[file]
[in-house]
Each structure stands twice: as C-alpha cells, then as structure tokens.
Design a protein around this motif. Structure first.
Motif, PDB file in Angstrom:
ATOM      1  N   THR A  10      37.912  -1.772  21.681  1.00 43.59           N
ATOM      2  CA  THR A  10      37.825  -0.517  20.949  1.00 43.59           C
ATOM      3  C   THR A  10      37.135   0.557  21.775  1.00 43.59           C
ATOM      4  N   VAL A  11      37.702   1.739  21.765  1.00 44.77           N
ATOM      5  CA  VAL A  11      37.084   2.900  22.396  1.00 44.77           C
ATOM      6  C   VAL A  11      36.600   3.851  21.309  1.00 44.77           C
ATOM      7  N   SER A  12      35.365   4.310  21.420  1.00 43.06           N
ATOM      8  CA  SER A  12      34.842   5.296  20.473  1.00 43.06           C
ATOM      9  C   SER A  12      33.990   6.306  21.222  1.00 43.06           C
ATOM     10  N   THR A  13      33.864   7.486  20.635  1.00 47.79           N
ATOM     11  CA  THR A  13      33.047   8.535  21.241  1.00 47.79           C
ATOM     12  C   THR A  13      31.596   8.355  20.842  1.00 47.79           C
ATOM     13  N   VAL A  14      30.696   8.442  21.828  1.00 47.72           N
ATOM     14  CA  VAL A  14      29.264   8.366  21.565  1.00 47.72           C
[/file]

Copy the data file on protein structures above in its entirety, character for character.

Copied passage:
[in-house]
Each structure stands twice: as C-alpha cells, then as structure tokens.
Design a protein around this motif. Structure first.
Motif, PDB file in Angstrom:
ATOM      1  N   THR A  10      37.912  -1.772  21.681  1.00 43.59           N
ATOM      2  CA  THR A  10      37.825  -0.517  20.949  1.00 43.59           C
ATOM      3  C   THR A  10      37.135   0.557  21.775  1.00 43.59           C
ATOM      4  N   VAL A  11      37.702   1.739  21.765  1.00 44.77           N
ATOM      5  CA  VAL A  11      37.084   2.900  22.396  1.00 44.77           C
ATOM      6  C   VAL A  11      36.600   3.851  21.309  1.00 44.77           C
ATOM      7  N   SER A  12      35.365   4.310  21.420  1.00 43.06           N
ATOM      8  CA  SER A  12      34.842   5.296  20.473  1.00 43.06           C
ATOM      9  C   SER A  12      33.990   6.306  21.222  1.00 43.06           C
ATOM     10  N   THR A  13      33.864   7.486  20.635  1.00 47.79           N
ATOM     11  CA  THR A  13      33.047   8.535  21.241  1.00 47.79           C
ATOM     12  C   THR A  13      31.596   8.355  20.842  1.00 47.79           C
ATOM     13  N   VAL A  14      30.696   8.442  21.828  1.00 47.72           N
ATOM     14  CA  VAL A  14      29.264   8.366  21.565  1.00 47.72           C